Wednesday 25 January 2012

Transatlanticism: "Like Crazy"

Ah, young love. Drake Doremus's emo-ish drama Like Crazy, source of a minor sensation at last year's Sundance festival, would appear to constitute a breakthrough film for Felicity Jones, some distance after the event: frankly, last March's Chalet Girl was good enough for me. As Miss Jones is new to an American audience, however, Doremus's film permits her to play altogether less mature than she was there, or in the recent Albatross, or indeed even way back in 2010's Cemetery Junction: her character in Like Crazy, aspirant journalist Anna, instead comes to mope and sob her way through the first real relationship of her life.

A Brit in L.A. on a student visa, Anna falls for classmate Jacob (Anton Yelchin), only for tempus to fugit and the visa to run out, bouncing her back to the UK at a moment when the pair's skylarking was beginning to look like something more promising yet. They try the long-distance thing for a while, only to find the time difference works against them, and that it turns every moment they get together into a kind of leavetaking: one of the film's more unintentionally amusing aspects is its insistence we need to get this immigration thing sorted out so that cutesy white college kids can bump uglies with greater regularity.

Suffice to say, the film will be more effective the less life experience you've collated: it aspires to tender realism, but is budgeted and pitched in such a way as to count as escapism, allowing us to marvel at what it is to be young, and have a career handed to you on a plate, and to have money enough to shuttle back and forth across the Atlantic, and to book yourself and your lover into plush hotel rooms for those nights when you're not at home in your trendy studio apartment. (Anna apparently comes from a posh family, but her dad's said to be a baker, which does not compute, unless he bakes gold bread - the film's a victim of that American blind spot when it comes to class.)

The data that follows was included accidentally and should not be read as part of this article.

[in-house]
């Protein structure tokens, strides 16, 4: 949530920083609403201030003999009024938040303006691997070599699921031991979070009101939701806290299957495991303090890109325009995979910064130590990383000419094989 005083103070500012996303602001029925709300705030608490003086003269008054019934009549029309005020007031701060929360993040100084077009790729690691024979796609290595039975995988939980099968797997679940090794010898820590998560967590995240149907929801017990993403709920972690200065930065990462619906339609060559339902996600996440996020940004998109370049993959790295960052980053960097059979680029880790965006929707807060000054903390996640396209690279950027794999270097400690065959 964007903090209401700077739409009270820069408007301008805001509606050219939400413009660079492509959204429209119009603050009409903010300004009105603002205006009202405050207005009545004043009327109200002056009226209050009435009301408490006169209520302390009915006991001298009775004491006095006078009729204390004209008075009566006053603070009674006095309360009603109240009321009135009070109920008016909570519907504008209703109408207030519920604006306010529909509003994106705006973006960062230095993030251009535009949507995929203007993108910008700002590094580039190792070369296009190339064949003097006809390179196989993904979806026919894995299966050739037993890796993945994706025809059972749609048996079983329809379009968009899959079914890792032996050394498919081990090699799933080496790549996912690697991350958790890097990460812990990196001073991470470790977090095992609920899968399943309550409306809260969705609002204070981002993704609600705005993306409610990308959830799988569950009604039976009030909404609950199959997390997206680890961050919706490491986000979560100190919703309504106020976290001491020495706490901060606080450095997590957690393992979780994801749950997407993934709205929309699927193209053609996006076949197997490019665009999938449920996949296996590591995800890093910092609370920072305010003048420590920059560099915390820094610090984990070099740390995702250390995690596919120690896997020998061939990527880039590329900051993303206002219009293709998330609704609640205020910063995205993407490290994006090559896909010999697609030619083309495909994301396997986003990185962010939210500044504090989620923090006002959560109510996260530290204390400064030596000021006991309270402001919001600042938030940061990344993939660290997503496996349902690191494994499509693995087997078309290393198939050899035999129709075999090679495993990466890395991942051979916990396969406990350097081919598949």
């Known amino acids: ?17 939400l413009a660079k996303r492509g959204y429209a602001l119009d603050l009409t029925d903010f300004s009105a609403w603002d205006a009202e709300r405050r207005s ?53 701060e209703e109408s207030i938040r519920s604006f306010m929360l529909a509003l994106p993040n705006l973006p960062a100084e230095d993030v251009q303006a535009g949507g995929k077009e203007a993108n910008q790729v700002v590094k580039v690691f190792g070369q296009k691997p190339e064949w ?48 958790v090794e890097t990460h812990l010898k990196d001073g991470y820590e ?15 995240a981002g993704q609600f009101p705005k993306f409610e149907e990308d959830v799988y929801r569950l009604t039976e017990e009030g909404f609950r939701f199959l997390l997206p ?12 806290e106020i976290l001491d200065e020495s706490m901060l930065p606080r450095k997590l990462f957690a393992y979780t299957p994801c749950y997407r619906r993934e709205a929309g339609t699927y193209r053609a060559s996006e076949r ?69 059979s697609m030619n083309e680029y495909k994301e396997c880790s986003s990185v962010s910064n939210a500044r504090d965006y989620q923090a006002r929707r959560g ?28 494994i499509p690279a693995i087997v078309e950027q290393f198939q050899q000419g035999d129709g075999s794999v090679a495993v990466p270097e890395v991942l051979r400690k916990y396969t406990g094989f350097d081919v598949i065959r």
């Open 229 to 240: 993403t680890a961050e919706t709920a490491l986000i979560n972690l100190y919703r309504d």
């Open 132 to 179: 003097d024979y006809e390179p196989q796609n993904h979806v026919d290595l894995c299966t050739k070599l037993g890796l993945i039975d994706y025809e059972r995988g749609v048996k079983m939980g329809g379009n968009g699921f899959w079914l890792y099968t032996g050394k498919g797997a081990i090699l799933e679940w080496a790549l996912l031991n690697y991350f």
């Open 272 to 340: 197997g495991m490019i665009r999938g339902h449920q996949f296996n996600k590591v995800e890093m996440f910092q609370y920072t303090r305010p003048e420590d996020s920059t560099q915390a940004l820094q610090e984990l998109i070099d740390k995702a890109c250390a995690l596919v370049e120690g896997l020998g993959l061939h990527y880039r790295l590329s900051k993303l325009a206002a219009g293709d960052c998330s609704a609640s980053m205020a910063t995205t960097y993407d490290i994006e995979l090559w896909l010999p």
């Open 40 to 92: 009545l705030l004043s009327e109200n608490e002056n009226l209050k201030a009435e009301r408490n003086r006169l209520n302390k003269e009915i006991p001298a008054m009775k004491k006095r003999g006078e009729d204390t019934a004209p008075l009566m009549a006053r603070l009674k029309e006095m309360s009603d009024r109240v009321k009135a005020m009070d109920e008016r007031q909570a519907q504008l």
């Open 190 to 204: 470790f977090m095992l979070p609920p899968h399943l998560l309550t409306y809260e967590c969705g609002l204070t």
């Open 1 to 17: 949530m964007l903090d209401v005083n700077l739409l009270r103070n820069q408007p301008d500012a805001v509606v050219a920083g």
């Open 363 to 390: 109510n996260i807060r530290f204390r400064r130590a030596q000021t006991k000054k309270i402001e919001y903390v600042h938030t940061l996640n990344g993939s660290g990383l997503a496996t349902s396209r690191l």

The performers, at least, have down pat the dorky gestures of two kids in love: she gives him a handwritten Book of Love, chronicling the various stages of their relationship, which is a very sweet thing for anybody to do, while Jacob - starting out on a carpentry career, and making one question what he was doing in a journalism class to begin with - makes Anna a writing chair with his bare hands, positioning a notionally indie production not too far from the mainstream romanticism (and sappiness) of Kevin Costner sanding down his boat in Message in a Bottle. (We know Anna's mooted replacement boyfriend is no good when he replaces this item with generic, shop-built furniture.)

Finally, though, Like Crazy is a Death Cab for Cutie record stretched from five minutes to ninety, and as such, it requires significant viewer indulgence: the endless continent-hopping, which these characters accomplish without noticeable jet lag, will get terribly repetitious if you can't quite bring yourself to invest in a relationship which the film itself finally comes to admit is perilously thin-seeming. I can't say I didn't let slip a guilty sniffle in places - hey, it was one of those afternoons, all right? - but I spent much of it wondering why filmmakers don't make more movies about unrequited love. The rest, surely, takes care of itself.

Like Crazy opens in cinemas nationwide from Friday.

No comments:

Post a Comment